The web-arena is full of things that will annoy those classically trained , its full of Globals and has to deal with tainted data etc , but thats what the web is, thats why PHP was built the way it was , Rasmus Lerdorf was quite capable of running his forms via a .so written in C++ ... but didn't and one assumes, for a reason , thats why PHP beat the pants off everything in its wake to date.

    I am not going to try and compare C# to PHP 1) cos I dont know C# well enough to comment and 2) because it will be impossible to bridge the gap between those who view a 'page object' as a good thing and those who don't (or at least like the option to do both) + 'strong/loose typed' it's a philosophical debate as much as anything.

    C# is just another language for developing .NET (perhaps the best (gotta be better than VB~)) , but thats all it is , Python and Ruby are 2 excellent totally OOP languages but PHP does not try to emulate those either, nor should it.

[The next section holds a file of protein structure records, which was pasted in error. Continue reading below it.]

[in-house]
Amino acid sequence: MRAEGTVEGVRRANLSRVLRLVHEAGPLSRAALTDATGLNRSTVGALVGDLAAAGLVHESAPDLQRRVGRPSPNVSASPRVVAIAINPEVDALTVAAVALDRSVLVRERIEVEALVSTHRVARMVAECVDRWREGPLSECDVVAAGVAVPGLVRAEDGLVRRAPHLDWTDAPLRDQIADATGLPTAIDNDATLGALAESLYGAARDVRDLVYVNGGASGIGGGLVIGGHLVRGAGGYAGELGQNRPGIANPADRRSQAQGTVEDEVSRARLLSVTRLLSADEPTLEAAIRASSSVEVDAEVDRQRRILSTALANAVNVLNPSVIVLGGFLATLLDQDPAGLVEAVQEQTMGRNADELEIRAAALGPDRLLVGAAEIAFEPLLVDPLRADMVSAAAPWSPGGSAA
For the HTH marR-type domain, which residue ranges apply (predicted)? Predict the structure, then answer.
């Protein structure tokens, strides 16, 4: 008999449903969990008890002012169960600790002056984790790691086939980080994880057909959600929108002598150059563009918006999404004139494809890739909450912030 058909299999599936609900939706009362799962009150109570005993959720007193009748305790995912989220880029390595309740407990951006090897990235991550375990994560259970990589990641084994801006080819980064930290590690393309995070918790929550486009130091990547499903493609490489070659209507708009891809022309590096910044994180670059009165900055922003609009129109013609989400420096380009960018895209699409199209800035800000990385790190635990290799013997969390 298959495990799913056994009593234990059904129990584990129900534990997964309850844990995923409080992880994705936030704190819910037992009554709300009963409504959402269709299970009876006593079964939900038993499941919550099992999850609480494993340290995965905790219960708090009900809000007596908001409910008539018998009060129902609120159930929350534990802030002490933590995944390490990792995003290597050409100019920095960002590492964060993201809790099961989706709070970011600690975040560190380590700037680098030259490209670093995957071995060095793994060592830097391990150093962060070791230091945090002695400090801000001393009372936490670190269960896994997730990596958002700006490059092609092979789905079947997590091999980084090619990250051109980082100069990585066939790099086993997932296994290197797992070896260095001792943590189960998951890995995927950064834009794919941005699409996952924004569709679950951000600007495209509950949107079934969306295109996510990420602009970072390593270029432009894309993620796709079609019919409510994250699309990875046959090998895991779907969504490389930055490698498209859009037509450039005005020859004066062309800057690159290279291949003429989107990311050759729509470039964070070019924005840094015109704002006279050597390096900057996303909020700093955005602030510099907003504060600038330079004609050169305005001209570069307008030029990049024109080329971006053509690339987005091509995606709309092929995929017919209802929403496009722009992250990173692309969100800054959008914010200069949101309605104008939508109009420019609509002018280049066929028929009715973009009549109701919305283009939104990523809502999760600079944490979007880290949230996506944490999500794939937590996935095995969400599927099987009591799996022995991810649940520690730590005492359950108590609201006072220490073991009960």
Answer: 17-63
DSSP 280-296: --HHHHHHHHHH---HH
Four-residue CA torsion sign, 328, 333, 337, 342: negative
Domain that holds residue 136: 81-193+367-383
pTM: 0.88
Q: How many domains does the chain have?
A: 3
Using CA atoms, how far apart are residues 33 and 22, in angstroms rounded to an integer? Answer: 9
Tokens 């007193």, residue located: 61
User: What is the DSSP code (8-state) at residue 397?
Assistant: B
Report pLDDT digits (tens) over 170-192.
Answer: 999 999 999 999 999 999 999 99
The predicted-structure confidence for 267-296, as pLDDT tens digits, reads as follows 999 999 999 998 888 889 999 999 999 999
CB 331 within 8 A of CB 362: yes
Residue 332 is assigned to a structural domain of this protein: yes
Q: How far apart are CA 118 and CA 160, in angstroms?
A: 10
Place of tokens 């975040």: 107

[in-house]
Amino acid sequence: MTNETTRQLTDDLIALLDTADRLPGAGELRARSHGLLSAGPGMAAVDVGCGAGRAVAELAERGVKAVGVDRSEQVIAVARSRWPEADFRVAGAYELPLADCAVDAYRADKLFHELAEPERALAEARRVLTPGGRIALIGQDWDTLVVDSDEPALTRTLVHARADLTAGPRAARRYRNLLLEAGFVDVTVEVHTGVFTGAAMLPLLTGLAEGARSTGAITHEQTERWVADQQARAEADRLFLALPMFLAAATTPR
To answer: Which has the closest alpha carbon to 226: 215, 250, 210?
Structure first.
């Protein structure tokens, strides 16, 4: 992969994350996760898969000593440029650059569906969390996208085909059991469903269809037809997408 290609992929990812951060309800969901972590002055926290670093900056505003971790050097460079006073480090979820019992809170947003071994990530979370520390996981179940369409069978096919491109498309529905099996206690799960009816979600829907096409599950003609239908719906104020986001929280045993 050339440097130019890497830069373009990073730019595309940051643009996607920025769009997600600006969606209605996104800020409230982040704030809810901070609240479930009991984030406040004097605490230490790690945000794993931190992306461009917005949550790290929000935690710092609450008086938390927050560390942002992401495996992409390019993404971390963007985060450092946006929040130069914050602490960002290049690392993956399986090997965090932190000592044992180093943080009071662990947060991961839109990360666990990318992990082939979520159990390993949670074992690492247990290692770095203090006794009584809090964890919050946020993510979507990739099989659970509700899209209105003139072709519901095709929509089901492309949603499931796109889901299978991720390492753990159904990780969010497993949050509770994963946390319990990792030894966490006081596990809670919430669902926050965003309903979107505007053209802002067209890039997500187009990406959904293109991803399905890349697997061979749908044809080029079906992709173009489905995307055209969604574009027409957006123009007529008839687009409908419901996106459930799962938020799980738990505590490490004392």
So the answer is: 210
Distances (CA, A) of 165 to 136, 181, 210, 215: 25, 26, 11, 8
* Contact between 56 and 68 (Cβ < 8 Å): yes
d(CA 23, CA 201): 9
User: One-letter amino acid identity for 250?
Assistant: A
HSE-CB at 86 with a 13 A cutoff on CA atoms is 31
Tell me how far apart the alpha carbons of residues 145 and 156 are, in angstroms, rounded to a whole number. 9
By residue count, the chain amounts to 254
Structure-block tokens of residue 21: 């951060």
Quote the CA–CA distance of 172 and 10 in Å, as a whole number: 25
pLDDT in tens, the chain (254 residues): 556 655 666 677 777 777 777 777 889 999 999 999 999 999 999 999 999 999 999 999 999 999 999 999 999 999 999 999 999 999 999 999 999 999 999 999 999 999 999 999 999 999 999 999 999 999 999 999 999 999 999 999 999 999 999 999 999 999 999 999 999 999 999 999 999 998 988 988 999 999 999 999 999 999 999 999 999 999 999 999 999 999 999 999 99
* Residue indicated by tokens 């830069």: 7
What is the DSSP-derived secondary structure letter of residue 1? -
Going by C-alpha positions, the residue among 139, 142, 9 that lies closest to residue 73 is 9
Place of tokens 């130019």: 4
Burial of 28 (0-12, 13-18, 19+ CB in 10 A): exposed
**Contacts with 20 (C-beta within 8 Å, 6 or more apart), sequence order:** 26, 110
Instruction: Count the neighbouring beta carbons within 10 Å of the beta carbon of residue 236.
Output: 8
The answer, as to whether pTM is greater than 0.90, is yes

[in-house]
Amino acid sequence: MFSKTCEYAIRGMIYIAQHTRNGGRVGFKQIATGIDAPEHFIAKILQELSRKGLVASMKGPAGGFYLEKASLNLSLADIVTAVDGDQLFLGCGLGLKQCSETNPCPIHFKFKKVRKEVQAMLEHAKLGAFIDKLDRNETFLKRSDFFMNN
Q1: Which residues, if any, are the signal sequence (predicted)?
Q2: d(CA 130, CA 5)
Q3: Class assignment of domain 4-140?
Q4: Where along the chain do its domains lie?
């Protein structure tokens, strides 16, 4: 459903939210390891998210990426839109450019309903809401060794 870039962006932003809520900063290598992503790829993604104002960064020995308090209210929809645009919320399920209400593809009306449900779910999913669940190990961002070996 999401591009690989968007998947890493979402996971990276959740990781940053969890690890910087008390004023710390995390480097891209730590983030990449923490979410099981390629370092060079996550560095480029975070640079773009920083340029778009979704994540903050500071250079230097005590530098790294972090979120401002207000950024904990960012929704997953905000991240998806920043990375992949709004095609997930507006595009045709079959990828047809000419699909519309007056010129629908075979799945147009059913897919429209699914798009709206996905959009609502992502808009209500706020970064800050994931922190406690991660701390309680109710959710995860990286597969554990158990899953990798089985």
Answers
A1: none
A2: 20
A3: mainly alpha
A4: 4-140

IMO

  15. #65
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    The web-arena is full of things that will annoy those classically trained , its full of Globals and has to deal with tainted data etc , but thats what the web is, thats why PHP was built the way
    I'm sorry, but that's complete nonsense. What you're saying is that in your view of how the web is, it is full of globals and such. It is perfectly possible to develop web sites with a strongly typed language just as fast as with PHP. The designs of those apps will just be very different from what you're used to now.

    Having said that, I still prefer PHP for web apps. There are three reasons for this:
    1. Cross-platform (unlike ASP.NET )
    2. Reasonably small footprint (small companies don't need big machines to put their dynamic content on the web).